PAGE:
Mary A. Kennedy
Catherine P. Bondonno
Jonathan M. Hodgson
Frontiers in Nutrition
School of Medical and Health Sciences / Nutrition and Health Innovation Research Institute
This study received no specific grant from any funding agency in the public, commercial or not-for-profit sectors. The salary of MS was supported by a Royal Perth Hospital Research Foundation Career Advancement Fellowship (ID: CAF 130/2020) and an Emerging Leader Fellowship from the Western Australian Future Health Research and Innovation Fund. The salary of LCB was supported by a National Health and Medical Research Council (NHMRC) of Australia Emerging Leadership Investigator Grant (ID: 1172987) and a National Heart Foundation of Australia Post-Doctoral Research Fellowship (ID: 102498). The salary of CPB was supported by a Royal Perth Hospital Research Foundation Lawrie Beilin Career Advancement Fellowship (ID: CAF 127/2020). The salary of JMH was supported by a National Health and Medical Research Council of Australia Senior Research Fellowship (ID: 1116973). The salary of JRL was supported by a National Heart Foundation of Australia Future Leader Fellowship (ID: 102817). None of the funding agencies had any role in the conduct and management of the study, data interpretation, preparation, review, or approval of the manuscript.
NHMRC Number : 1172987, 1116973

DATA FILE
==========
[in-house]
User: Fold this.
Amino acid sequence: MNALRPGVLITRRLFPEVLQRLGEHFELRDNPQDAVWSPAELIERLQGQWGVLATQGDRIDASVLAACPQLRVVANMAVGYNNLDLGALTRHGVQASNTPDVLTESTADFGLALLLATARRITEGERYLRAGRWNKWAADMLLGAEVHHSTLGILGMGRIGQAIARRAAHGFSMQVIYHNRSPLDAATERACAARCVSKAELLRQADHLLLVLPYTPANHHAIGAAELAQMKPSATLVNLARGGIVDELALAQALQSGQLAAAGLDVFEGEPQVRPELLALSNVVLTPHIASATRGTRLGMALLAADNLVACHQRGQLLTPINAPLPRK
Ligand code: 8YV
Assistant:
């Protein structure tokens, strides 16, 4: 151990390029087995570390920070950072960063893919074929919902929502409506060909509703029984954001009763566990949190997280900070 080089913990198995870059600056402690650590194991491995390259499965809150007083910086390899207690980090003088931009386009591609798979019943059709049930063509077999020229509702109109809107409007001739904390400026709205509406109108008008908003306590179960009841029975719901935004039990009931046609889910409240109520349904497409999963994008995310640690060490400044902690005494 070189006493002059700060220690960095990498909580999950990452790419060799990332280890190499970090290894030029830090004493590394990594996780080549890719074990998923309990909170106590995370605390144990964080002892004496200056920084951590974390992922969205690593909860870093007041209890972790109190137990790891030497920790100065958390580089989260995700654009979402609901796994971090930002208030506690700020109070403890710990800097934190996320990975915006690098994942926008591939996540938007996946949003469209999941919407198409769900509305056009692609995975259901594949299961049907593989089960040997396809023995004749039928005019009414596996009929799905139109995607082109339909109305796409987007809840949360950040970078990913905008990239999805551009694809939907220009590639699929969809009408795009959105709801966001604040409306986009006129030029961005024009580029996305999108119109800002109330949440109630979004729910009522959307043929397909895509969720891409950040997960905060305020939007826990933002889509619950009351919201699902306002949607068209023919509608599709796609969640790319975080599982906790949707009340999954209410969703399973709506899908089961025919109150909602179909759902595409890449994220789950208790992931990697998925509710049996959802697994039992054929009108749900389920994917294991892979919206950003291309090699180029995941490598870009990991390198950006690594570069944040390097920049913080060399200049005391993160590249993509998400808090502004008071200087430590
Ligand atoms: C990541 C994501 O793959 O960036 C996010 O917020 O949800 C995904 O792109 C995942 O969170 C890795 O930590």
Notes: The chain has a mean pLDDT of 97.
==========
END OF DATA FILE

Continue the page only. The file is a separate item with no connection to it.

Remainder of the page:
Background: Although a healthy diet and physical activity have been shown to prevent or delay cardiovascular disease (CVD) hospitalizations and deaths, most adults do not meet current guidelines. Provision of coronary artery calcification (CAC) and carotid ultrasound (CUS) imaging results may motivate beneficial lifestyle changes. We scoped the existing literature for studies providing non-invasive vascular imaging results and reporting diet, physical activity, and/or anthropometric measures to identify knowledge gaps and opportunities for further research. Methods: A systematic search was performed across three electronic databases, in line with PRISMA ScR guidelines and Arksey and O'Malley's scoping review framework. Results: Twenty studies (thirteen observational and seven randomized controlled trials) examining the impact of provision of CAC/CUS imaging results on diet and/or physical activity behaviors were included. Nearly half the studies did not clearly state whether participants received dietary and physical activity advice along with vascular imaging results, and these were secondary outcomes in most studies, with data assessment and reporting being inconsistent. Conclusion: Well-designed clinical trials with consistent and clear messaging based on detailed subjective and objective measures of diet and physical activity are needed to determine whether this approach may stimulate long-term dietary and physical activity change.
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